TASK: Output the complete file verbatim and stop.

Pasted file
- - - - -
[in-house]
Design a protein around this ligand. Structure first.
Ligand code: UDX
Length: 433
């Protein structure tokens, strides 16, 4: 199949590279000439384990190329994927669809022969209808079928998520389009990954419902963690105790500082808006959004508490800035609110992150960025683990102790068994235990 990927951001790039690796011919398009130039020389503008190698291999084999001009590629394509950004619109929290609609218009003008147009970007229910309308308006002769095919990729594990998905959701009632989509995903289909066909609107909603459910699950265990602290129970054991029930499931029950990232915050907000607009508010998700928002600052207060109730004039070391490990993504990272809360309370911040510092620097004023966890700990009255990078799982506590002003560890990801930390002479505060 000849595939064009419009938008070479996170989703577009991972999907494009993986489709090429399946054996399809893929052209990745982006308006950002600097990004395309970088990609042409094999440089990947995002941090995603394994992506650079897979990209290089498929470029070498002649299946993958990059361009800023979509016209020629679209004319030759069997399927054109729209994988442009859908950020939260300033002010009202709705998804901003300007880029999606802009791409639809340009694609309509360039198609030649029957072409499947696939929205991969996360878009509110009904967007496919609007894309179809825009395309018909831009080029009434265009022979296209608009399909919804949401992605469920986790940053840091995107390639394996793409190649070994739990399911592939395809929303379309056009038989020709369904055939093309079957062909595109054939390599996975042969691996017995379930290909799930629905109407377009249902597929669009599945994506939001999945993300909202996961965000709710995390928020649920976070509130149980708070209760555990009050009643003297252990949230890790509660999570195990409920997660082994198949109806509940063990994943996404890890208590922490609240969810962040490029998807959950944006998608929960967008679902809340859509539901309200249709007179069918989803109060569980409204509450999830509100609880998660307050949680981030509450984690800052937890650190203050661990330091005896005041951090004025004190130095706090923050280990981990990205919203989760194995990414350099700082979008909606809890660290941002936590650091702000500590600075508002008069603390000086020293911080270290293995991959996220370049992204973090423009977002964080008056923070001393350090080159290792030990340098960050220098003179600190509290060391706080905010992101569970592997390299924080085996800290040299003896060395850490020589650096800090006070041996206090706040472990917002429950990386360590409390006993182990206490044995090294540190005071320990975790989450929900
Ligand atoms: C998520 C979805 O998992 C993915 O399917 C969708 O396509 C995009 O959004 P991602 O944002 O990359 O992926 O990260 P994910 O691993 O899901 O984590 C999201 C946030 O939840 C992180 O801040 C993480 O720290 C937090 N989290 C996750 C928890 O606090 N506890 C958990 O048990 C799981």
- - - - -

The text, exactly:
[in-house]
Design a protein around this ligand. Structure first.
Ligand code: UDX
Length: 433
């Protein structure tokens, strides 16, 4: 199949590279000439384990190329994927669809022969209808079928998520389009990954419902963690105790500082808006959004508490800035609110992150960025683990102790068994235990 990927951001790039690796011919398009130039020389503008190698291999084999001009590629394509950004619109929290609609218009003008147009970007229910309308308006002769095919990729594990998905959701009632989509995903289909066909609107909603459910699950265990602290129970054991029930499931029950990232915050907000607009508010998700928002600052207060109730004039070391490990993504990272809360309370911040510092620097004023966890700990009255990078799982506590002003560890990801930390002479505060 000849595939064009419009938008070479996170989703577009991972999907494009993986489709090429399946054996399809893929052209990745982006308006950002600097990004395309970088990609042409094999440089990947995002941090995603394994992506650079897979990209290089498929470029070498002649299946993958990059361009800023979509016209020629679209004319030759069997399927054109729209994988442009859908950020939260300033002010009202709705998804901003300007880029999606802009791409639809340009694609309509360039198609030649029957072409499947696939929205991969996360878009509110009904967007496919609007894309179809825009395309018909831009080029009434265009022979296209608009399909919804949401992605469920986790940053840091995107390639394996793409190649070994739990399911592939395809929303379309056009038989020709369904055939093309079957062909595109054939390599996975042969691996017995379930290909799930629905109407377009249902597929669009599945994506939001999945993300909202996961965000709710995390928020649920976070509130149980708070209760555990009050009643003297252990949230890790509660999570195990409920997660082994198949109806509940063990994943996404890890208590922490609240969810962040490029998807959950944006998608929960967008679902809340859509539901309200249709007179069918989803109060569980409204509450999830509100609880998660307050949680981030509450984690800052937890650190203050661990330091005896005041951090004025004190130095706090923050280990981990990205919203989760194995990414350099700082979008909606809890660290941002936590650091702000500590600075508002008069603390000086020293911080270290293995991959996220370049992204973090423009977002964080008056923070001393350090080159290792030990340098960050220098003179600190509290060391706080905010992101569970592997390299924080085996800290040299003896060395850490020589650096800090006070041996206090706040472990917002429950990386360590409390006993182990206490044995090294540190005071320990975790989450929900
Ligand atoms: C998520 C979805 O998992 C993915 O399917 C969708 O396509 C995009 O959004 P991602 O944002 O990359 O992926 O990260 P994910 O691993 O899901 O984590 C999201 C946030 O939840 C992180 O801040 C993480 O720290 C937090 N989290 C996750 C928890 O606090 N506890 C958990 O048990 C799981």